P024: AIRWAY MANAGEMENT IN A 46-YEAR-OLD TREACHER-COLLINS PATIENT
Michael S Ibrahim, BScPhm, MSc, MD; University of Florida Health Jacksonville
Introduction/Background: Difficulty in managing the airway is one of the most important causes of major anesthesia-related morbidity and mortality (1). Treacher-Collins syndrome is a rare familial and congenital syndrome that occurs approximately 1 in 10,000 live births (1). It is a syndrome that consists of deformities of the eyes, ears, maxilla, and mandible and is often associated with cleft palate and lip (1). Patients with Treachers-Collins syndrome have a difficult airway because of a large tongue, anterior larynx, foreshortened maxilla and mandible, protruding incisors, and an obtuse angle of the jaw (1,2). These features make it difficult or impossible to align oral, pharyngeal, and laryngeal axes to directly visualize the glottis opening, especially utilizing direct laryngoscopy (4). These patients often require multiple plastic, ear, nose, and throat procedures under general anesthesia, and are known to be one of the most difficult airways encountered by an anesthesiologist (1,3).
We present a case of a 46-year-old male patient with a history of Treacher-Collins who presented to the operating room, having never undergone anesthesia in the past, for a bone adhering hearing aid placement. An awake fiberoptic intubation was successfully performed. We discuss our protocol for awake fiberoptic intubations and conduct a literature review of alternative methods to secure the airway in patients with a history of Treacher-Collins Syndrome.
Methods: A literature review was performed using the PubMed database, utilizing keywords such as Treacher-Collins, intubation, and adult. A thorough review of the results was conducted.
Results: After undergoing a thorough literature review, we describe one of the oldest Treacher-Collins patients reported to undergo general anesthesia. We also report multiple other methods that have been utilized to secure the airway in a Treacher-Collins patient: awake intubation, fiberoptic bronchoscopy, laryngeal mask airway, fiberoptic bronchoscopy through a laryngeal mask airway, a bullard laryngoscope, an Augustine stylet, retrograde intubation, tracheostomy and use of AirWay scope (4).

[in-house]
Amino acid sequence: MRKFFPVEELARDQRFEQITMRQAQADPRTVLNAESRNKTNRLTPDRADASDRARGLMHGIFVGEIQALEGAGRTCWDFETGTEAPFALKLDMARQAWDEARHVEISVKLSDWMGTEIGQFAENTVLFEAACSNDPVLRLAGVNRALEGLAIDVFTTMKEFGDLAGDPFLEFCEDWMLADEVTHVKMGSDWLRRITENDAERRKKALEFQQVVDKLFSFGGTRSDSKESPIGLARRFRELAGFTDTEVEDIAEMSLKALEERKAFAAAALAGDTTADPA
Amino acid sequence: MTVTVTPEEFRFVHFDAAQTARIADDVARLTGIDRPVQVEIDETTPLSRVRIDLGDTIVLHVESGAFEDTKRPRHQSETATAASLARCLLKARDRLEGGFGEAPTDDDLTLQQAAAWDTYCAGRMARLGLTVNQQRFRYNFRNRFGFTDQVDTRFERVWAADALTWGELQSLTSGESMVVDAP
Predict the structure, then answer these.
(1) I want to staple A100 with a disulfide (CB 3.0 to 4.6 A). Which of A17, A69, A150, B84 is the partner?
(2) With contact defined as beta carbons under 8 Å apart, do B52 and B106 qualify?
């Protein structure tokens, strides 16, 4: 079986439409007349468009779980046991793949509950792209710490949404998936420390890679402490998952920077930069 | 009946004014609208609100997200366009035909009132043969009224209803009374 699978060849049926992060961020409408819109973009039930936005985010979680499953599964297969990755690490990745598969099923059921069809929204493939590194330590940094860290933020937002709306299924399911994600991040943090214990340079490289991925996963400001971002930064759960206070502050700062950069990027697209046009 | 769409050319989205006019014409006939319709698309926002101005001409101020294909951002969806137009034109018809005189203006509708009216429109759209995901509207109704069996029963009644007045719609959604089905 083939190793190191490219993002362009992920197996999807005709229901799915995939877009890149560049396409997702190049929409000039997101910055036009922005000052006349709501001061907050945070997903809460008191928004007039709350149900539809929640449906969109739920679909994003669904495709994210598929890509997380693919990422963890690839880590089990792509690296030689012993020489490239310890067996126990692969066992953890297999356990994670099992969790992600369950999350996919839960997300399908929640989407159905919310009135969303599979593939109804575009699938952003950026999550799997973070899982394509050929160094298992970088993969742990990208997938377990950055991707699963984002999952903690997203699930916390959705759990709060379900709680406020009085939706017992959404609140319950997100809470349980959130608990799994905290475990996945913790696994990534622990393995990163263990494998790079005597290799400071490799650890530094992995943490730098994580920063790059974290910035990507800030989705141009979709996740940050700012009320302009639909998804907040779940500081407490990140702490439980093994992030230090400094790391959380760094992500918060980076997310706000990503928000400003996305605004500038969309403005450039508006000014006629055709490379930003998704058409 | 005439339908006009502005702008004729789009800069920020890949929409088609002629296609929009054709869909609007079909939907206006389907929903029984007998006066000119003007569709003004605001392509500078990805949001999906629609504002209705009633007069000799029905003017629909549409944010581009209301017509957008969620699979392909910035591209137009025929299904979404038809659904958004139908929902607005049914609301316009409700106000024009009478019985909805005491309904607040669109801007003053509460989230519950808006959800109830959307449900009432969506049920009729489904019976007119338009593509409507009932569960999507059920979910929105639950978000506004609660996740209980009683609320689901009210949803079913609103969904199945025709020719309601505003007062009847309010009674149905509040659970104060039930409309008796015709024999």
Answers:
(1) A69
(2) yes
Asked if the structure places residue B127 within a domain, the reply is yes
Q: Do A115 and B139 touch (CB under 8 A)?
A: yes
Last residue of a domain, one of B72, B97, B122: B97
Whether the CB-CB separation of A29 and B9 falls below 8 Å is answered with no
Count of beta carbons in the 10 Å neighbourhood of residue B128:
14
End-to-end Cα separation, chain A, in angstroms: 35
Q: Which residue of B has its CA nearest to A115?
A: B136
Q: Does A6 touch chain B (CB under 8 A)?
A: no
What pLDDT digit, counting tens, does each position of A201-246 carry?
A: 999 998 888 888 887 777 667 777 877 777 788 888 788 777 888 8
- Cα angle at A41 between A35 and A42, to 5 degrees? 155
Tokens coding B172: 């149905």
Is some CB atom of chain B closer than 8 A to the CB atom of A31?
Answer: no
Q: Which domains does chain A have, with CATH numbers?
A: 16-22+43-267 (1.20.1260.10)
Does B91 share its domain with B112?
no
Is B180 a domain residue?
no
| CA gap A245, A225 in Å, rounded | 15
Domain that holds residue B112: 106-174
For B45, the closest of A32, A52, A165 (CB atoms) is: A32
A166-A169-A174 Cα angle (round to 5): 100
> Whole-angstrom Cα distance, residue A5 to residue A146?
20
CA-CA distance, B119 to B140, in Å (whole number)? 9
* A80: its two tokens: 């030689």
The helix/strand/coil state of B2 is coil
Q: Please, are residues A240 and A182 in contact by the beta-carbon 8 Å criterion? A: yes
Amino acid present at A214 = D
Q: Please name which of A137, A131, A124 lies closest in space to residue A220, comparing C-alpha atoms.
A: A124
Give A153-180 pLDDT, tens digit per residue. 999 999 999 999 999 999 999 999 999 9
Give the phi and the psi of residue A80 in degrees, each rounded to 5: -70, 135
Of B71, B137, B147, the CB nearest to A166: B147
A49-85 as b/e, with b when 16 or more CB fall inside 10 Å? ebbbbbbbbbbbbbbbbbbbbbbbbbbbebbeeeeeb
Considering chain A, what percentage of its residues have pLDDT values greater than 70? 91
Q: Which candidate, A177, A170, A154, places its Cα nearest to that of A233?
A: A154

Discussion/Conclusion: Treacher-Collins syndrome is a congenital and familial syndrome that presents the anesthesiologist with one of the most difficult airways. (1,2,3,4). Given that airway management is one of the most important causes of major anesthesia-related morbidity and mortality, it is imperative that appropriate techniques are applied to secure the airway (1). Multiple methods to secure the airway in these patients are described in relatively younger patients, however we describe a successful intubation in a 46-year-old Treacher-Collins patient via utilization of our awake fiberoptic intubation protocol.
1. Kovac, A. Use of the Augustine Stylet Anticipating Difficult Tracheal Intubation in Treacher-Collins Syndrome. Journal of Clinical Anesthesiology. 1992 September/October; Vol 4. pp 409-412.
2. Knill, R. Difficult Laryngoscopy Made Easy with a BURP. Canadian Journal of Anesthesia. 1993. 40:3. pp 279-282.
3. Muraika, L et al. Fiberoptic Tracheal Intubation Through a Laryngeal Mask Airway in a Child with Treacher Collins Syndrome. Anesthesia and Analgesia. 2003; 97. pp 1298-1299
4. Iguchi, H et al. Orotracheal Intubation with an AirWay Scope in a Patient with Treacher Collins Syndrome. Journal of Anesthesia. 2008; 22. pp 186-188